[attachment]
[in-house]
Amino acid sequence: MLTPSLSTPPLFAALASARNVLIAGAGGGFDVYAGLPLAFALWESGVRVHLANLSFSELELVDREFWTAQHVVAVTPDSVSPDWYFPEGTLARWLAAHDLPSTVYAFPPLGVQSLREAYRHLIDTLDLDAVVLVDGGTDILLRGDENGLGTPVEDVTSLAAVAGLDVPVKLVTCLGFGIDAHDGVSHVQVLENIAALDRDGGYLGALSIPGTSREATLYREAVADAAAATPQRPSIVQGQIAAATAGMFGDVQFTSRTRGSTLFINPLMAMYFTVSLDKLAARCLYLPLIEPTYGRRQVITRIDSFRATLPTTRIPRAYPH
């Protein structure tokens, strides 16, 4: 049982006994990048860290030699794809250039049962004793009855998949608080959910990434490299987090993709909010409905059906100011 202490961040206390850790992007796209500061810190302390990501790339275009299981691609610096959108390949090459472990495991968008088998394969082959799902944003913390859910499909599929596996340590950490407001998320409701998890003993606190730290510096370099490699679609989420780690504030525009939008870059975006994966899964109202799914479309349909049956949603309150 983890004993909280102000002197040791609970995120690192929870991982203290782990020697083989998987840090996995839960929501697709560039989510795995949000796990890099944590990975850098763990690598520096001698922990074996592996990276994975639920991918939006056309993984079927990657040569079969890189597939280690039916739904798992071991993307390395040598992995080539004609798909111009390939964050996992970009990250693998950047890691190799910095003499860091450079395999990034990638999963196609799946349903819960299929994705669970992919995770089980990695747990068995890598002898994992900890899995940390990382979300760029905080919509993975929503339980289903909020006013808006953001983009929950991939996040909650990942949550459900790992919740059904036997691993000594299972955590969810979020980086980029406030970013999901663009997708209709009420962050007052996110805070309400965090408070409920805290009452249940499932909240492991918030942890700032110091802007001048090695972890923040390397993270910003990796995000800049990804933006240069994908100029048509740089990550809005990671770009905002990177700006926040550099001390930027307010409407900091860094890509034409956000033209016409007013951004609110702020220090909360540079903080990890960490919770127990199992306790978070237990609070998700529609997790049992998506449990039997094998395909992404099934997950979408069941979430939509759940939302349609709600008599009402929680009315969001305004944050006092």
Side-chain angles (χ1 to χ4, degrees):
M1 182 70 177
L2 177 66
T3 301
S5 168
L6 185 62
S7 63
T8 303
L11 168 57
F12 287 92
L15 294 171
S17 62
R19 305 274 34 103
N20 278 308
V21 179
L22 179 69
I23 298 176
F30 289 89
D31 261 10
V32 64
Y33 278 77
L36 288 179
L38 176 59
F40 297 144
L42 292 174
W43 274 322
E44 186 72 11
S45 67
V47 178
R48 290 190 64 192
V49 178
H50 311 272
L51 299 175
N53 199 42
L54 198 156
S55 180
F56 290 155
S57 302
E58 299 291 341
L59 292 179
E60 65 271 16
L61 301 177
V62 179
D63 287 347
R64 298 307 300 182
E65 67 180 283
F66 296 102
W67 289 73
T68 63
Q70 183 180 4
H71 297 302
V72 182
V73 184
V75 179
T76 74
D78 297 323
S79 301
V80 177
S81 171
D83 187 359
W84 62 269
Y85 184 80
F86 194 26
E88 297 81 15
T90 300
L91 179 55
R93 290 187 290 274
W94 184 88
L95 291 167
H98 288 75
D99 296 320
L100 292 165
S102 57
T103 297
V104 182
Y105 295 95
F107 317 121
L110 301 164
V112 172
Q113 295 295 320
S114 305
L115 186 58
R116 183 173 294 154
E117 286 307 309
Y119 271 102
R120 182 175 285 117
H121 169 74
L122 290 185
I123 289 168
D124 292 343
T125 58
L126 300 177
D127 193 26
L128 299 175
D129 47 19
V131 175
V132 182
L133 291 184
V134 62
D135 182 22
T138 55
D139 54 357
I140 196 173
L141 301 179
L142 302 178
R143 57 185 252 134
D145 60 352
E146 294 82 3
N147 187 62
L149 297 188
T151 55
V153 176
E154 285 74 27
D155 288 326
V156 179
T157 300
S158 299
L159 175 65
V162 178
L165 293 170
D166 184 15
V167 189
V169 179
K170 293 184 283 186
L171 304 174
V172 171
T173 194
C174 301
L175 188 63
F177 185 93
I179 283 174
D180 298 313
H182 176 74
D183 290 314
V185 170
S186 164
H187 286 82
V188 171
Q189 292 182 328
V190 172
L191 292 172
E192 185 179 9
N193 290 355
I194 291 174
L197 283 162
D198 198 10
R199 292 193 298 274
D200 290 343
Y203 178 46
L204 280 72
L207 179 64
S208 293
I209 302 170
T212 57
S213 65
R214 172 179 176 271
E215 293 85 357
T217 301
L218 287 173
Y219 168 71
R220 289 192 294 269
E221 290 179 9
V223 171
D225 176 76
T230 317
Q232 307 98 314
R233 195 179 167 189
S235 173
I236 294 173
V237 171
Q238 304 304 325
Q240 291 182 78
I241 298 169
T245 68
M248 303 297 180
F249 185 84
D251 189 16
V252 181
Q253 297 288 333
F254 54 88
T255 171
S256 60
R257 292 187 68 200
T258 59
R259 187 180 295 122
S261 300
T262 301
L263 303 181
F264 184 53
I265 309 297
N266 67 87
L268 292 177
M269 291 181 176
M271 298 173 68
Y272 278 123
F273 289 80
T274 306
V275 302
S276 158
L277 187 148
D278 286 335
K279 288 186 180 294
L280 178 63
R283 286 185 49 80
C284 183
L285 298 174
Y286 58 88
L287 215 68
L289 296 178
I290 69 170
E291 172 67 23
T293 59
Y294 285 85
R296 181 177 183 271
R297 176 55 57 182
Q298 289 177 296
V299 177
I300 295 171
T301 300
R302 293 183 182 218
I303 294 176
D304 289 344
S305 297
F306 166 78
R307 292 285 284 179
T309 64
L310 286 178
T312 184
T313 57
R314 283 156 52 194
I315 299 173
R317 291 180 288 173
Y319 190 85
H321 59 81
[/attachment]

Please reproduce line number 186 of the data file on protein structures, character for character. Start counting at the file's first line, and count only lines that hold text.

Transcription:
R257 292 187 68 200